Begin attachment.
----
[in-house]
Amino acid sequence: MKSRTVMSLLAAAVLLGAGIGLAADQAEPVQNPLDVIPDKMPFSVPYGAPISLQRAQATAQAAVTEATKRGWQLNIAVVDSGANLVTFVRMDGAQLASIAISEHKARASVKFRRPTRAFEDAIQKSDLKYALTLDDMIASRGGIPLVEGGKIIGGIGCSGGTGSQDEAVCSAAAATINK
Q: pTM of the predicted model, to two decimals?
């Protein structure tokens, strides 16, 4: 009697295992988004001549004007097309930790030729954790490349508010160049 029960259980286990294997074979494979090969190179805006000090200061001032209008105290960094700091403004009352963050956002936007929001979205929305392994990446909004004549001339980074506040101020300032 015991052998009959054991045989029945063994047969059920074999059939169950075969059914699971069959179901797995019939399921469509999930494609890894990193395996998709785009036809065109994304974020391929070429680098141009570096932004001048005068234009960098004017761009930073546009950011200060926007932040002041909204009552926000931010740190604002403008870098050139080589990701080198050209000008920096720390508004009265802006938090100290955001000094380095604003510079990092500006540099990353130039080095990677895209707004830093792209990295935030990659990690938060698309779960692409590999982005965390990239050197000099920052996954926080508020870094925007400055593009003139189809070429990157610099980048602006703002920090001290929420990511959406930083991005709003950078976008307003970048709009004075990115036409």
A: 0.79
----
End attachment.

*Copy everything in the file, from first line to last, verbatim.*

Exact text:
[in-house]
Amino acid sequence: MKSRTVMSLLAAAVLLGAGIGLAADQAEPVQNPLDVIPDKMPFSVPYGAPISLQRAQATAQAAVTEATKRGWQLNIAVVDSGANLVTFVRMDGAQLASIAISEHKARASVKFRRPTRAFEDAIQKSDLKYALTLDDMIASRGGIPLVEGGKIIGGIGCSGGTGSQDEAVCSAAAATINK
Q: pTM of the predicted model, to two decimals?
């Protein structure tokens, strides 16, 4: 009697295992988004001549004007097309930790030729954790490349508010160049 029960259980286990294997074979494979090969190179805006000090200061001032209008105290960094700091403004009352963050956002936007929001979205929305392994990446909004004549001339980074506040101020300032 015991052998009959054991045989029945063994047969059920074999059939169950075969059914699971069959179901797995019939399921469509999930494609890894990193395996998709785009036809065109994304974020391929070429680098141009570096932004001048005068234009960098004017761009930073546009950011200060926007932040002041909204009552926000931010740190604002403008870098050139080589990701080198050209000008920096720390508004009265802006938090100290955001000094380095604003510079990092500006540099990353130039080095990677895209707004830093792209990295935030990659990690938060698309779960692409590999982005965390990239050197000099920052996954926080508020870094925007400055593009003139189809070429990157610099980048602006703002920090001290929420990511959406930083991005709003950078976008307003970048709009004075990115036409």
A: 0.79